But the legacy and com­plex­ity of the prob­lems of marginal­iza­tion we seek to solve started well be­fore Black Lives Mat­ter and their protest dur­ing the pa­rade in 2016. Be­cause to start there would negate the Black net­works and com­mu­ni­ties that have been en­gag­ing in this con­ver­sa­tion since Har­riet Tub­man led slaves to Canada via the Un­der­ground Rail­road.

Trav­el­ling fur­ther back in time, our con­ver­sa­tion is not un­like the ways in which Indige­nous com­mu­ni­ties across Canada fought their col­o­niza­tion.

Col­lab­o­ra­tion and con­ver­sa­tion are not of­ten seen as in­stru­ments of re­sis­tance. But if you are a life­long stu­dent of the ways that in­sti­tu­tions use op­pres­sive poli­cies and prac­tices to ex­er­cise con­trol, then you would also know that, all over the world com­mu­ni­ties of colour have ne­go­ti­ated with these in­sti­tu­tions.

Black Lives Mat­ter made all of us re­al­ize (or per­haps re­mem­ber) that the place to in­spire vi­sion­ary strate­gies, to start break­through col­lab­o­ra­tions and to pave the way to pow­er­ful new move­ments is at the in­ter­sec­tion of di­verse iden­ti­ties and com­mu­ni­ties.

The fact that Black women cre­ated and con­tinue to lead this move­ment based on the things that make us who we are is a pro­found val­i­da­tion for all of us. Also, to see Black peo­ple all over the world make the move­ment their own is awe-in­spir­ing. It is ex­actly how Black lib­er­a­tion move­ments through time have moved us all for­ward.

In the LGBTQ2+ com­mu­nity, Black Lives Mat­ter has a dif­fer­ent start­ing place; it is a move­ment within a move­ment. For Black Cana­di­ans, our queer­ness only deep­ens our nar­ra­tives of sur­vival. This means that, to man­i­fest its ideals, we must en­gage with ev­ery el­e­ment of the Black com­mu­nity, both queer and not, con­ser­va­tive and not.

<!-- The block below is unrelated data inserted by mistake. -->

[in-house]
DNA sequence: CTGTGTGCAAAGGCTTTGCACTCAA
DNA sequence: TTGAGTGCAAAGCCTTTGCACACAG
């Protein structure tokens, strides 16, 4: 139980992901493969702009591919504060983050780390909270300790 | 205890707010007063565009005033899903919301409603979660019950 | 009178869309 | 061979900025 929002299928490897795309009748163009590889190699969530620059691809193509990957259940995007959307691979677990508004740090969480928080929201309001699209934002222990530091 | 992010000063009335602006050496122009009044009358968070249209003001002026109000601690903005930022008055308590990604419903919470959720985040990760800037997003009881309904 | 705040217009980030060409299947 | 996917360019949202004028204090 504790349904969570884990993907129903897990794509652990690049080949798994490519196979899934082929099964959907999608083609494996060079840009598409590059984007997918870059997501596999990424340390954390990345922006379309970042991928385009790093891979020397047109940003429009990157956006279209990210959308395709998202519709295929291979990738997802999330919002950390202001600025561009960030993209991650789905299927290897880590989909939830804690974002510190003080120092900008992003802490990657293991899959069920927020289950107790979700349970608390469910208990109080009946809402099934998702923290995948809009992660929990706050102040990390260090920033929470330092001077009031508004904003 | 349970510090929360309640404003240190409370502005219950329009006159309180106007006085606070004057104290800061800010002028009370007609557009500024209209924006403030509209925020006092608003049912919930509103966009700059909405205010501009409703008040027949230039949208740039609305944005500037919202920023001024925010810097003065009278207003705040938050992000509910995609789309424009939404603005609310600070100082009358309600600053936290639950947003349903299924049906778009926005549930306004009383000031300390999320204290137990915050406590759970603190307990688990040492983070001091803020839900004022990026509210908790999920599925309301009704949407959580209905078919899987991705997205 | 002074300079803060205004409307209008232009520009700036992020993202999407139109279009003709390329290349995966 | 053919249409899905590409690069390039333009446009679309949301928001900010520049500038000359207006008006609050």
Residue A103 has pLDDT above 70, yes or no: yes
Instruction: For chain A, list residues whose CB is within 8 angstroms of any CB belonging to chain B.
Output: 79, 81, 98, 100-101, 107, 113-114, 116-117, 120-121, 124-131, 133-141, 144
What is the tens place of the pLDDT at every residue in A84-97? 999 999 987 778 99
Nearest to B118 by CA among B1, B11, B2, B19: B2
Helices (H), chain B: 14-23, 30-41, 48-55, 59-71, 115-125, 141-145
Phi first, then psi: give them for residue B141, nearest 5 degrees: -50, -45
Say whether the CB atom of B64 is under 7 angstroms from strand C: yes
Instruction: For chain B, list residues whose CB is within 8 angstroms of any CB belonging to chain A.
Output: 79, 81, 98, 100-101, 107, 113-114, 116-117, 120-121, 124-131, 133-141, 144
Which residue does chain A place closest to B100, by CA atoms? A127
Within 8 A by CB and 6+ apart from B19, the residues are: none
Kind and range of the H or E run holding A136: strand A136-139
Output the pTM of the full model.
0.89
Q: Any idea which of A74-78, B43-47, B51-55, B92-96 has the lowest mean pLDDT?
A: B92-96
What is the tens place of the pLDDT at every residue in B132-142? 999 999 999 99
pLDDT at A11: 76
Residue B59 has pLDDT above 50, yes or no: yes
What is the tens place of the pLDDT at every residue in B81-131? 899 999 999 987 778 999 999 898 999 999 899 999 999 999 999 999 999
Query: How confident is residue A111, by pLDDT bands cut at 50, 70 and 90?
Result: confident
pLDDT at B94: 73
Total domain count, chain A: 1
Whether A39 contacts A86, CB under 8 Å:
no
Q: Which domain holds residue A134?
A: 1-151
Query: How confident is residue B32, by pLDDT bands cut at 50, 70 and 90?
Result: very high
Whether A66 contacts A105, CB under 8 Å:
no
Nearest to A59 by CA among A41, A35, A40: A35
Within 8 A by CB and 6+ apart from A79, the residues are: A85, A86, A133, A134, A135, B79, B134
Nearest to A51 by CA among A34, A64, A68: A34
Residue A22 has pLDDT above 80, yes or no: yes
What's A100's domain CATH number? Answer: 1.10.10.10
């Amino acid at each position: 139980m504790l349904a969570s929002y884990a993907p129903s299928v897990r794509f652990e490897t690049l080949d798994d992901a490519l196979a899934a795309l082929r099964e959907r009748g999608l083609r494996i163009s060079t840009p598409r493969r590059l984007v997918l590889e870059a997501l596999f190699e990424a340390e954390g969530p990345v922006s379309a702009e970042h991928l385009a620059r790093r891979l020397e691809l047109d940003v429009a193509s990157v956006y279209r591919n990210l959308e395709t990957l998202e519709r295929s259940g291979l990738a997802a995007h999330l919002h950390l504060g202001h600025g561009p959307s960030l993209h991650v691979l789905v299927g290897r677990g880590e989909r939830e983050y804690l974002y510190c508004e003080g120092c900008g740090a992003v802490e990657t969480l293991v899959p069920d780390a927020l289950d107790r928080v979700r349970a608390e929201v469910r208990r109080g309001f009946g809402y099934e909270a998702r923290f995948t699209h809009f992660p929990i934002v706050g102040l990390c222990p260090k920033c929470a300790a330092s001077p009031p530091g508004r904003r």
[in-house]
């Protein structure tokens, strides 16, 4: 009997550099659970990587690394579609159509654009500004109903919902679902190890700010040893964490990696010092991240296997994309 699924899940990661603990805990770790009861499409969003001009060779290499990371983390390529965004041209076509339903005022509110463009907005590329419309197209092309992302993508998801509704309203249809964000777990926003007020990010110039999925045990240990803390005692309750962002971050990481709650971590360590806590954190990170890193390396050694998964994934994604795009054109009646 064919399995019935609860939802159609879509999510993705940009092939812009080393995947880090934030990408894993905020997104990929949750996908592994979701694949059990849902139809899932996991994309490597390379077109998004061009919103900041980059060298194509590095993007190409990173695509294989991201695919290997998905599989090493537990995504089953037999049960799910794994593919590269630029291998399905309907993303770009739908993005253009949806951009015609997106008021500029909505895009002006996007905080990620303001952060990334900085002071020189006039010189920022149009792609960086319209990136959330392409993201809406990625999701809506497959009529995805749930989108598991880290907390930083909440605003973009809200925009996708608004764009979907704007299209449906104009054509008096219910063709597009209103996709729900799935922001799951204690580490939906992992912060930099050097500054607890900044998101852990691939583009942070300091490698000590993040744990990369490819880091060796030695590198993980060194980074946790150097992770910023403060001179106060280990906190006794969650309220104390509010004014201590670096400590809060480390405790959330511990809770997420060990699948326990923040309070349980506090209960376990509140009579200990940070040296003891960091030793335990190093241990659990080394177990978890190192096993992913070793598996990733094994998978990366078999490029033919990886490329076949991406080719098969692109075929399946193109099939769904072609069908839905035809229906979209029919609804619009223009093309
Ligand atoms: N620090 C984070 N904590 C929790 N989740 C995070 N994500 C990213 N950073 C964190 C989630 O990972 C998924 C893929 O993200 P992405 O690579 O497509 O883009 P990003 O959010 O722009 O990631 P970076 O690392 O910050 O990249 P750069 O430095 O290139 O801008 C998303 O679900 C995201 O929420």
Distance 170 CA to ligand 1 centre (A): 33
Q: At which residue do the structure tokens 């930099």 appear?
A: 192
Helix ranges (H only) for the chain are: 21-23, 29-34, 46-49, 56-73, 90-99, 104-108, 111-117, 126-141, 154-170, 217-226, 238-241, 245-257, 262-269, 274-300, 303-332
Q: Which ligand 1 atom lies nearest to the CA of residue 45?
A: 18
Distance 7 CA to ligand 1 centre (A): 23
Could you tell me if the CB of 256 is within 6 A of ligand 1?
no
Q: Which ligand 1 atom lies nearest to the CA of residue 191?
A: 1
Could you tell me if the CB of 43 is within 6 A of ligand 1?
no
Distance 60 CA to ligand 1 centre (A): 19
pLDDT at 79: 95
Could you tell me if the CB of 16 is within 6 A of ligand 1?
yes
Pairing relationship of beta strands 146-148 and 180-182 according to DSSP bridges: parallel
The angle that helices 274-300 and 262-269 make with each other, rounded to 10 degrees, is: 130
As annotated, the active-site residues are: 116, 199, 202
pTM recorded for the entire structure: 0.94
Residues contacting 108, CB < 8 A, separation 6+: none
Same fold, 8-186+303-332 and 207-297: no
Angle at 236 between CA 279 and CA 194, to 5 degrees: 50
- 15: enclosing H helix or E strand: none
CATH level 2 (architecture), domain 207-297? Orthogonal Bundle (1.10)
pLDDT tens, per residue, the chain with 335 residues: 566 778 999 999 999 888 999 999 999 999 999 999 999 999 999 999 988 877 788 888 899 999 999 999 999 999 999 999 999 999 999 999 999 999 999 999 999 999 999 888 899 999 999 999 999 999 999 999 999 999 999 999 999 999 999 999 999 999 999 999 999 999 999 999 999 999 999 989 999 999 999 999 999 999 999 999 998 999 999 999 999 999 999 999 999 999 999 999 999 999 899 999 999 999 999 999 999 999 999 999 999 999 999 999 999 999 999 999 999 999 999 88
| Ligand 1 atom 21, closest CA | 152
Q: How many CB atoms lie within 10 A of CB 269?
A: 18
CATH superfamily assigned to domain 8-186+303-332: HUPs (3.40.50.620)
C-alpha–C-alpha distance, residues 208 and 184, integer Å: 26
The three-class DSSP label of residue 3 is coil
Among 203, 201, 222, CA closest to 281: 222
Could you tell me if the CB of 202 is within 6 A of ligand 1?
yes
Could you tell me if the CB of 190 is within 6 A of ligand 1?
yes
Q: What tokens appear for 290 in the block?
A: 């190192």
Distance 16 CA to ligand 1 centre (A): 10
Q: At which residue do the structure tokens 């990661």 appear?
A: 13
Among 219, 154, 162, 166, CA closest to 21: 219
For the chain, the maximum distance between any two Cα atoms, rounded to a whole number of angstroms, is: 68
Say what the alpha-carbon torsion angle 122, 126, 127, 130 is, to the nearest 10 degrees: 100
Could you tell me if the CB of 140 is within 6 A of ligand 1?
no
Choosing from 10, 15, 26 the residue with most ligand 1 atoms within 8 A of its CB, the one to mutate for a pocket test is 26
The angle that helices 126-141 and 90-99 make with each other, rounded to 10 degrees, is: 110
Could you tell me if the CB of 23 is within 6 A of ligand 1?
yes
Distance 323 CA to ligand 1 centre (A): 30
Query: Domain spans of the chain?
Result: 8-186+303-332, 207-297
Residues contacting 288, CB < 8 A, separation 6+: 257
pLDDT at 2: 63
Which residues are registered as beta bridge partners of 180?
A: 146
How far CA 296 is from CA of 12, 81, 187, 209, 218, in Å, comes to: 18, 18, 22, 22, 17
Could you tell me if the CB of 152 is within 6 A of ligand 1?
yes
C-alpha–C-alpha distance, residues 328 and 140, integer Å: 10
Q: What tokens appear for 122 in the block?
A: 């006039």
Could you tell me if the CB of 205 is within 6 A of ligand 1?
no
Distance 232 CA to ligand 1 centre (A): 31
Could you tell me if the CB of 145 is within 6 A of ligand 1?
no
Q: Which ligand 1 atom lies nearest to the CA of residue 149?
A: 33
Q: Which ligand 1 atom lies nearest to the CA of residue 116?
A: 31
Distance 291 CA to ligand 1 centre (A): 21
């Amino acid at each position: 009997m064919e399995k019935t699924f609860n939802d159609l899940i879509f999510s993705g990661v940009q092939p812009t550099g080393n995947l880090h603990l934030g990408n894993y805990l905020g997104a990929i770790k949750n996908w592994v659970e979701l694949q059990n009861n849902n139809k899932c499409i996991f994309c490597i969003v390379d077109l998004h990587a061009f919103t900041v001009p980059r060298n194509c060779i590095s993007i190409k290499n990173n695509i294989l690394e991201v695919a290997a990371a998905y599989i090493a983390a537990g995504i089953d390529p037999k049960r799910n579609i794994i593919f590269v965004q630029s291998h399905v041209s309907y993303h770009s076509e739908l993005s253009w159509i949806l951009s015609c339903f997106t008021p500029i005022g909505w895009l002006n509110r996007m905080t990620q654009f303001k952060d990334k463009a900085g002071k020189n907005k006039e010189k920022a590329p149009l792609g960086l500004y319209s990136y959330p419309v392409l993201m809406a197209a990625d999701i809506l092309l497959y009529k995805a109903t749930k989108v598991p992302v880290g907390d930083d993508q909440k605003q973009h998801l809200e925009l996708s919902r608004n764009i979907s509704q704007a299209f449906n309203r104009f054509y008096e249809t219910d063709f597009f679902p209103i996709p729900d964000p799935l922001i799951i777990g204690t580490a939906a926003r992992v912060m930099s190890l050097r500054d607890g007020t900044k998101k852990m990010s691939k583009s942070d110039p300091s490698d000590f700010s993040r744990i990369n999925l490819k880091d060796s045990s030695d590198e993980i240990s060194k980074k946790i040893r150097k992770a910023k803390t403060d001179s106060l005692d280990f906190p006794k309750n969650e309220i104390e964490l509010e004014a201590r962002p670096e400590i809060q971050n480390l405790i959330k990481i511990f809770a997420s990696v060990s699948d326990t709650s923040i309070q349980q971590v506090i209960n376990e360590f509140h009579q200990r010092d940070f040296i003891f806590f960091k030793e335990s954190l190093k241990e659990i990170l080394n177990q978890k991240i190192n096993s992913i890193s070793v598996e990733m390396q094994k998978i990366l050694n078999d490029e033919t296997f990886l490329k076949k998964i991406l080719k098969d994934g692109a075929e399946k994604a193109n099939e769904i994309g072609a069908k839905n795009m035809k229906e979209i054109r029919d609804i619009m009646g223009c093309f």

Our sto­ries have be­come in­ex­tri­ca­bly linked; the out­comes of our in­di­vid­ual ex­pe­ri­ences will be shared. That means that our lives de­pend on the abil­ity for all of us to be re­flected.

Next year marks the 50th year of the de­crim­i­nal­iza­tion of ho­mo­sex­u­al­ity in Canada. The shift from crim­i­nal­iza­tion to de­crim­i­nal­iza­tion is a one-di­men­sional nar­ra­tive, fixed in a sin­gle point in time and miss­ing many crim­i­nal jus­tice prob­lems that, as al­ways, fall heav­ily on com­mu­ni­ties of colour and queer com­mu­ni­ties in par­tic­u­lar.

The se­rial killings that oc­curred in the Vil­lage, for ex­am­ple, raised a lot of ques­tions about vic­tim­iza­tion, par­tic­u­larly at the in­ter­sec­tion of colour, cul­ture and LGBTQ2+ ex­pe­ri­ences.

How to move ahead: that is the chap­ter we’re all about to write to­gether.

Un­less there is a more nu­anced un­der­stand­ing of the on­go­ing shifts of who we all are, of the vul­ner­a­bil­ity that queer young peo­ple face and of the ways in which fam­ily, eco­nomics, neigh­bour­hood and school in­ter­act, we will not ad­dress the sub­stan­tive is­sues our com­mu­ni­ties face.

This can only be done through a process that


val­ues part­ner­ship, in­vites or­ga­ni­za­tions that seek to re­form to the ta­ble and for­mally plans a road map for change.

The Toronto Po­lice Ser­vice, along with the many agen­cies that im­pact all com­mu­ni­ties of colour, must work to­gether to re­al­ize change.

This is why we in­vited them to ap­ply to take part in next year’s pa­rade – we are seek­ing to start a new re­la­tion­ship, with real and pos­i­tive out­comes, through do­ing the ac­tual work it will take to make the change we all seek.

Pride’s strat­egy has never, ever been iso­la­tion. It has been tire­less and con­tin­u­ous ne­go­ti­a­tion. The lives of our chil­dren have al­ways de­pended on the suc­cess­ful out­comes of those con­ver­sa­tions. Olivia Nuamah is ex­ec­u­tive direc­tor of Pride Toronto. [email protected] | @nowtoronto

The most vo­cal chal­lenges to Pride are com­ing from marginal­ized seg­ments of the queer com­mu­nity.

Pride’s Olivia Nuamah (cen­tre, shown here at this year’s pa­rade), says “col­lab­o­ra­tion and con­sul­ta­tion” are also in­stru­ments of re­sis­tance.